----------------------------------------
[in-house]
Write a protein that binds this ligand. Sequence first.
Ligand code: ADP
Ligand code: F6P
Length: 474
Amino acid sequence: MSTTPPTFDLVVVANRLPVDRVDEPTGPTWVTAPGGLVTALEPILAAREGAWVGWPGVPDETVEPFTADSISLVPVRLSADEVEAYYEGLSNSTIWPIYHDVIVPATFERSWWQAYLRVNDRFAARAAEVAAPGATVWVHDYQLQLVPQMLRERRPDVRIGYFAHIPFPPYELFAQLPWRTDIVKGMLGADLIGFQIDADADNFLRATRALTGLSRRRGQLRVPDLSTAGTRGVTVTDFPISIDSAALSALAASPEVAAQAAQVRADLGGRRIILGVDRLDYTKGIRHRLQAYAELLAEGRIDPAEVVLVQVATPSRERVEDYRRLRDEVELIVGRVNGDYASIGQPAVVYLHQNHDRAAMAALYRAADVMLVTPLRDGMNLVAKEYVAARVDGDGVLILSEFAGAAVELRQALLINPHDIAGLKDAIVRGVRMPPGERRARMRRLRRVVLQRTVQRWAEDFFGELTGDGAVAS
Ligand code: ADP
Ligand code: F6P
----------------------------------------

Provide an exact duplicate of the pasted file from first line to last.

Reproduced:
[in-house]
Write a protein that binds this ligand. Sequence first.
Ligand code: ADP
Ligand code: F6P
Length: 474
Amino acid sequence: MSTTPPTFDLVVVANRLPVDRVDEPTGPTWVTAPGGLVTALEPILAAREGAWVGWPGVPDETVEPFTADSISLVPVRLSADEVEAYYEGLSNSTIWPIYHDVIVPATFERSWWQAYLRVNDRFAARAAEVAAPGATVWVHDYQLQLVPQMLRERRPDVRIGYFAHIPFPPYELFAQLPWRTDIVKGMLGADLIGFQIDADADNFLRATRALTGLSRRRGQLRVPDLSTAGTRGVTVTDFPISIDSAALSALAASPEVAAQAAQVRADLGGRRIILGVDRLDYTKGIRHRLQAYAELLAEGRIDPAEVVLVQVATPSRERVEDYRRLRDEVELIVGRVNGDYASIGQPAVVYLHQNHDRAAMAALYRAADVMLVTPLRDGMNLVAKEYVAARVDGDGVLILSEFAGAAVELRQALLINPHDIAGLKDAIVRGVRMPPGERRARMRRLRRVVLQRTVQRWAEDFFGELTGDGAVAS
Ligand code: ADP
Ligand code: F6P